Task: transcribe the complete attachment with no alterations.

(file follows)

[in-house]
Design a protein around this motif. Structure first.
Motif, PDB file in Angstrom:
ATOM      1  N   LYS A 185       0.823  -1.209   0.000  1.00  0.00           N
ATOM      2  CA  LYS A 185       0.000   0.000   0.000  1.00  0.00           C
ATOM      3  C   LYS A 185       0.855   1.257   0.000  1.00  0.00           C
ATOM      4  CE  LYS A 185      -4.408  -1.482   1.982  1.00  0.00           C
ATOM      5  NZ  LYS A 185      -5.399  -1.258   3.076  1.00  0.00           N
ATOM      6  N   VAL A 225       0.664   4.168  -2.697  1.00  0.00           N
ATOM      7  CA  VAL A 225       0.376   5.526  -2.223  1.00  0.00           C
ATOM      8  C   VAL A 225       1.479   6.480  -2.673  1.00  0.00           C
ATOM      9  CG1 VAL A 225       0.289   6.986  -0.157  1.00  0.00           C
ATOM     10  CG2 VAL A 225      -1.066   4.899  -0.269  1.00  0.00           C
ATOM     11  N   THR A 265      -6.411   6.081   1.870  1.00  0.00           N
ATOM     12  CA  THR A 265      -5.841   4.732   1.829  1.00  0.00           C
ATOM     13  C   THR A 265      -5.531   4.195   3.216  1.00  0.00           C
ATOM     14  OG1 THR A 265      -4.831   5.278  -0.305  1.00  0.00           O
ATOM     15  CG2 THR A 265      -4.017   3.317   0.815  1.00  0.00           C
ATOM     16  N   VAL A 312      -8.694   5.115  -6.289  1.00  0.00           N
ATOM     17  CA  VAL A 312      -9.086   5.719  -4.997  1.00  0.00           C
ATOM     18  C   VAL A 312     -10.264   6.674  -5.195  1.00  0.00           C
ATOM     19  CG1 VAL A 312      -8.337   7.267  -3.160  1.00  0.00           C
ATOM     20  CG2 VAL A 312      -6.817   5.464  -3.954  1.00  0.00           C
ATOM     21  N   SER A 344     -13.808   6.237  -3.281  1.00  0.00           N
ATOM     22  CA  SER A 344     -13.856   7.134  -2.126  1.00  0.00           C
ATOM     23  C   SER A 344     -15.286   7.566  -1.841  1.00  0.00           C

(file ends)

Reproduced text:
[in-house]
Design a protein around this motif. Structure first.
Motif, PDB file in Angstrom:
ATOM      1  N   LYS A 185       0.823  -1.209   0.000  1.00  0.00           N
ATOM      2  CA  LYS A 185       0.000   0.000   0.000  1.00  0.00           C
ATOM      3  C   LYS A 185       0.855   1.257   0.000  1.00  0.00           C
ATOM      4  CE  LYS A 185      -4.408  -1.482   1.982  1.00  0.00           C
ATOM      5  NZ  LYS A 185      -5.399  -1.258   3.076  1.00  0.00           N
ATOM      6  N   VAL A 225       0.664   4.168  -2.697  1.00  0.00           N
ATOM      7  CA  VAL A 225       0.376   5.526  -2.223  1.00  0.00           C
ATOM      8  C   VAL A 225       1.479   6.480  -2.673  1.00  0.00           C
ATOM      9  CG1 VAL A 225       0.289   6.986  -0.157  1.00  0.00           C
ATOM     10  CG2 VAL A 225      -1.066   4.899  -0.269  1.00  0.00           C
ATOM     11  N   THR A 265      -6.411   6.081   1.870  1.00  0.00           N
ATOM     12  CA  THR A 265      -5.841   4.732   1.829  1.00  0.00           C
ATOM     13  C   THR A 265      -5.531   4.195   3.216  1.00  0.00           C
ATOM     14  OG1 THR A 265      -4.831   5.278  -0.305  1.00  0.00           O
ATOM     15  CG2 THR A 265      -4.017   3.317   0.815  1.00  0.00           C
ATOM     16  N   VAL A 312      -8.694   5.115  -6.289  1.00  0.00           N
ATOM     17  CA  VAL A 312      -9.086   5.719  -4.997  1.00  0.00           C
ATOM     18  C   VAL A 312     -10.264   6.674  -5.195  1.00  0.00           C
ATOM     19  CG1 VAL A 312      -8.337   7.267  -3.160  1.00  0.00           C
ATOM     20  CG2 VAL A 312      -6.817   5.464  -3.954  1.00  0.00           C
ATOM     21  N   SER A 344     -13.808   6.237  -3.281  1.00  0.00           N
ATOM     22  CA  SER A 344     -13.856   7.134  -2.126  1.00  0.00           C
ATOM     23  C   SER A 344     -15.286   7.566  -1.841  1.00  0.00           C